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My Rating: 3.5-4 Stars
Genre Gothic Thriller | Supernatural Nordic Folktale
The Nesting is a solid gothic read with supernatural elements that come from Nordic folklore. Normally, this isn’t something I would choose to read, and, in all honesty, I didn’t realize that this book was like this prior to purchasing a copy. However, I am glad I took a chance on the book and kept on reading despite it being quite different from what I thought. Now, there were some things that were off-putting to me as a reader (which will be explained below) but for the book as a whole this is a really good read and I never wanted to stop reading. I recommend it based on my overall enjoyment rather than the little nit picky things that stood out and bothered me. On to my review …
First and foremost, this is an atmospheric novel, and the author does a fantastic job in making it feel dark and moody (exactly as the author intended, I believe). This helps us readers get a sense of how the environment is affecting the characters and in turn, sets the stage for the events that are to take place. CJ Cooke was spot on here. Utter PERFECTION. Secondly, the author makes us question many of the characters sanity throughout the novel (from Lexi to Aurelia and later other characters who are slowly revealed to be much different than we originally thought). There were many points in which I wasn’t sure whether the supernatural elements or the characters mental health was propelling the plot (and I won’t say which 😉) so watching everything being slowly revealed was really exciting. Finally, there were some truly terrifying things taking place in the novel and I was getting quite creeped out especially when I was reading in the dark alone. All of this is what make the story a spectacular read.
So, you may be wondering why I’m wavering between a 3 and 4 star rating if the story held so much appeal. I’ll get to that here (fair warning, 𝗧𝗛𝗜𝗦 𝗣𝗔𝗥𝗧 𝗢𝗙 𝗠𝗬 𝗥𝗘𝗩𝗜𝗘𝗪 𝗠𝗔𝗬 𝗖𝗢𝗡𝗧𝗔𝗜𝗡 𝗠𝗜𝗡𝗢𝗥 𝗦𝗣𝗢𝗜𝗟𝗘𝗥𝗦 so proceed with caution) …
Some pieces of the novel were just NOT needed. For example, in the beginning of the book we see Lexi (aka Sophie) make the decision to essentially steal the identity of a woman who’s contemplating a nanny job in Norway. Lexi of course takes the job after copying the other woman’s resume and becomes the nanny under the guise of Sophie. Doesn’t seem like an issue, right? We see deception in books all the time. Well, the reason it was problematic for THIS particular book is because this deception didn’t go anywhere, nor did it have any effect on what was happening in the novel. It seemed like a waste because it wasn’t properly addressed in the book.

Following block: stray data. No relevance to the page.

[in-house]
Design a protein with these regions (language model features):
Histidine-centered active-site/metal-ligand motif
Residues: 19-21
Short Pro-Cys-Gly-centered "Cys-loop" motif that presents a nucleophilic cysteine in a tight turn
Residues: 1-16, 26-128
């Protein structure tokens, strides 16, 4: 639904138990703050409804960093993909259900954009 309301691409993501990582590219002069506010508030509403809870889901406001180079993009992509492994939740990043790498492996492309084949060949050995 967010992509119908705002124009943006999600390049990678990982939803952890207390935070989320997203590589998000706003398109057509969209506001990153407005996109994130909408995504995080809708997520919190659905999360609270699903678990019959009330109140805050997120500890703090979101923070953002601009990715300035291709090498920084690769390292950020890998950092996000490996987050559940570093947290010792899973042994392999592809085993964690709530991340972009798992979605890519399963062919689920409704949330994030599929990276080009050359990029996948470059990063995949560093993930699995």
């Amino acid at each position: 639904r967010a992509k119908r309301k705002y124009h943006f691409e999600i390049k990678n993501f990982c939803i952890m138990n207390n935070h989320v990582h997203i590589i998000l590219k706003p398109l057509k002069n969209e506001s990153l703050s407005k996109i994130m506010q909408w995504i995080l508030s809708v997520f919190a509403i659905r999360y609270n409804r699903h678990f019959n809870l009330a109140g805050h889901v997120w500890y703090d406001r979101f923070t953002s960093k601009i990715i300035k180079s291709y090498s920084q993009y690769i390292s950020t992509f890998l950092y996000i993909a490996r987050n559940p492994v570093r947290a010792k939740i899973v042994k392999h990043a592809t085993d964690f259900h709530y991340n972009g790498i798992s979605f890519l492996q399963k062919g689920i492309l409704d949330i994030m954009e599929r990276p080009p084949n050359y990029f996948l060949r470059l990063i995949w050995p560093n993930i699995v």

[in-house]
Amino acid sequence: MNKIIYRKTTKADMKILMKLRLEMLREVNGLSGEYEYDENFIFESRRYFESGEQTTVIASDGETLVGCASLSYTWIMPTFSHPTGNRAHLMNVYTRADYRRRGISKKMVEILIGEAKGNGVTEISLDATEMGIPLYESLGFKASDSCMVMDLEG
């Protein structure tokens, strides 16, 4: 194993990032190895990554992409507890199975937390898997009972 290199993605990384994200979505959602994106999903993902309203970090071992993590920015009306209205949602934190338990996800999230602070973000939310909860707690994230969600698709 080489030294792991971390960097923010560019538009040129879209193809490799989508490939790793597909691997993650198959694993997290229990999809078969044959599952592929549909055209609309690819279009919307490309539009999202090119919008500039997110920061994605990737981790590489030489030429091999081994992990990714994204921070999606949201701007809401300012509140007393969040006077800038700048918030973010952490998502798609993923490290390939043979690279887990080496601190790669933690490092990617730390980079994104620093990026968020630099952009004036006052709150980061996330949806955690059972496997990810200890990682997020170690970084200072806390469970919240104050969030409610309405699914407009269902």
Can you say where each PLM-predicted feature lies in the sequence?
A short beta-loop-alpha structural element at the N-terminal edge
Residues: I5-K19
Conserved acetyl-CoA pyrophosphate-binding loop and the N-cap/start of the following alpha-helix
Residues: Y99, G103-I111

Another thing that felt out of place in the novel was the lack of insight as to what was ACTUALLY HAPPENING to Aurelia. I can piece it together with what I know from the folklore that was described in the story) but I can’t quite figure out whether she was truly having a mental break or if she was being haunted because of her husbands issues with his building and the environment (this may not make sense to you unless you read it but just know that this book does take on some environmental issues that drive the plot through folklore). We never get the closure we need for this particular aspect and I wish I knew which is what drove her.
Other than those two things (which are actually big parts of the story) this is a solid read and one I enjoyed immensely as its original and intriguing. This is a haunting novel, one that is bound to stay with its readers long after they finish.
𝗠𝗬 𝗥𝗔𝗧𝗜𝗡𝗚: ⭐⭐⭐⭐
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